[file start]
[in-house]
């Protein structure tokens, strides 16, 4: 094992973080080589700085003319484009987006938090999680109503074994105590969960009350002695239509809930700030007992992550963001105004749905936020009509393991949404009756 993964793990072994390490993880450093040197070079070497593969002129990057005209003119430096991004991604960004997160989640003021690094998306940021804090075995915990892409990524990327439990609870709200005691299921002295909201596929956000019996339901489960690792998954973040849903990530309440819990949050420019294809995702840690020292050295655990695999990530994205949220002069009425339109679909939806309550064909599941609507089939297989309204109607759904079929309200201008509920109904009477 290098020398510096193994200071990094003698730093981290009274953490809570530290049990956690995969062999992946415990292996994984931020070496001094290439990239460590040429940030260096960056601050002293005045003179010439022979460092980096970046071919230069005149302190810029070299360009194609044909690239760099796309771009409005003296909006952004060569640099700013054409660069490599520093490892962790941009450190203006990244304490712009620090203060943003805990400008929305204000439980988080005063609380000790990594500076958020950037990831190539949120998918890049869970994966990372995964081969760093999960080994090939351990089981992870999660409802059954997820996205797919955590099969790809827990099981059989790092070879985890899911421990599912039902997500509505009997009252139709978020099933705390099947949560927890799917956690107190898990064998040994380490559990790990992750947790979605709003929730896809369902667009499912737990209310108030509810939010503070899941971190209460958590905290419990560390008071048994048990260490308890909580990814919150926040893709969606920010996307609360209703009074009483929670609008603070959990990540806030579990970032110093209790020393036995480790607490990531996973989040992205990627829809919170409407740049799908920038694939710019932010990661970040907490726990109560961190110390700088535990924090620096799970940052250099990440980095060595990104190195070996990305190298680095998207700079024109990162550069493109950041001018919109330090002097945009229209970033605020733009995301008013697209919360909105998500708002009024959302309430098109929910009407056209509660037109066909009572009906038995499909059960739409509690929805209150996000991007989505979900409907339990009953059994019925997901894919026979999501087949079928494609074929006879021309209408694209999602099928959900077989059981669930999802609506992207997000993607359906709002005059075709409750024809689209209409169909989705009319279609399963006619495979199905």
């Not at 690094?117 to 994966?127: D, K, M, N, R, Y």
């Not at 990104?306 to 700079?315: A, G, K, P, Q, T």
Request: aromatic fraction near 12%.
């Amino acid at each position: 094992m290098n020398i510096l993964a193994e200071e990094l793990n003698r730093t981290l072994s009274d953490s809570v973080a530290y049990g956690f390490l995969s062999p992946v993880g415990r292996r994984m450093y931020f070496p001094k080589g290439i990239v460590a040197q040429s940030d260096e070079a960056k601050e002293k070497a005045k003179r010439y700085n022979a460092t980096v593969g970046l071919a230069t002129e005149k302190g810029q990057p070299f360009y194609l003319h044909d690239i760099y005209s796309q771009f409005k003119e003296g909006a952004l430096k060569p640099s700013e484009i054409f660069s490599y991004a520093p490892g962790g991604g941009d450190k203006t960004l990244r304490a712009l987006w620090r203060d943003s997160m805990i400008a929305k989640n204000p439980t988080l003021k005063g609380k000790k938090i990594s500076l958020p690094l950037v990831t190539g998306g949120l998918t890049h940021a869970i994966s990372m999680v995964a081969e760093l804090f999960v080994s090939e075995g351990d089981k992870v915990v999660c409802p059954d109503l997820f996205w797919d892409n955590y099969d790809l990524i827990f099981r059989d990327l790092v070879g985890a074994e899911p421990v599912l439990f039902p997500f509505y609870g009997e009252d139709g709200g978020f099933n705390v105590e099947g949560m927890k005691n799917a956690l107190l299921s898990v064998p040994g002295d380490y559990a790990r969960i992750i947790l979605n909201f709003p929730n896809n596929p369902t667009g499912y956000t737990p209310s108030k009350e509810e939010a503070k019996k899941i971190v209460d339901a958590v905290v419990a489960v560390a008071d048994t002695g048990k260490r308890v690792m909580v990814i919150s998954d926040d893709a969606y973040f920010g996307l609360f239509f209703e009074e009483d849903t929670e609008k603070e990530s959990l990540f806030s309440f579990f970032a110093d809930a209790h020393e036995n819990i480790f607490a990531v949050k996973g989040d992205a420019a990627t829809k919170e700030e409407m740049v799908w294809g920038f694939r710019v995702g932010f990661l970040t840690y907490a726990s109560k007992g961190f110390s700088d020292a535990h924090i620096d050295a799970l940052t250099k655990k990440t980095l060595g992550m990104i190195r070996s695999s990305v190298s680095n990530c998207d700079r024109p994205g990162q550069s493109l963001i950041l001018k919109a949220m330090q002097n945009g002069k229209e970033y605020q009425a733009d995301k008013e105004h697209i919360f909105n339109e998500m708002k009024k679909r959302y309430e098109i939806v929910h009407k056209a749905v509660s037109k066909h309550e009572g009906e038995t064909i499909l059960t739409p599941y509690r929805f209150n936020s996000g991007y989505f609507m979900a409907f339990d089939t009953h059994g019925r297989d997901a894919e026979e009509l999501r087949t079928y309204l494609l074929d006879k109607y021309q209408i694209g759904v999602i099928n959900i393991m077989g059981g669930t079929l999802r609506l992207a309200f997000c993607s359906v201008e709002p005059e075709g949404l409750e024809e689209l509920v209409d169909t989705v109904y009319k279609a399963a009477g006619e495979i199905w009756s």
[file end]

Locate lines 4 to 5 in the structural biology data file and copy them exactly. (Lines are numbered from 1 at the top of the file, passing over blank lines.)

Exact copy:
């Not at 990104?306 to 700079?315: A, G, K, P, Q, T």
Request: aromatic fraction near 12%.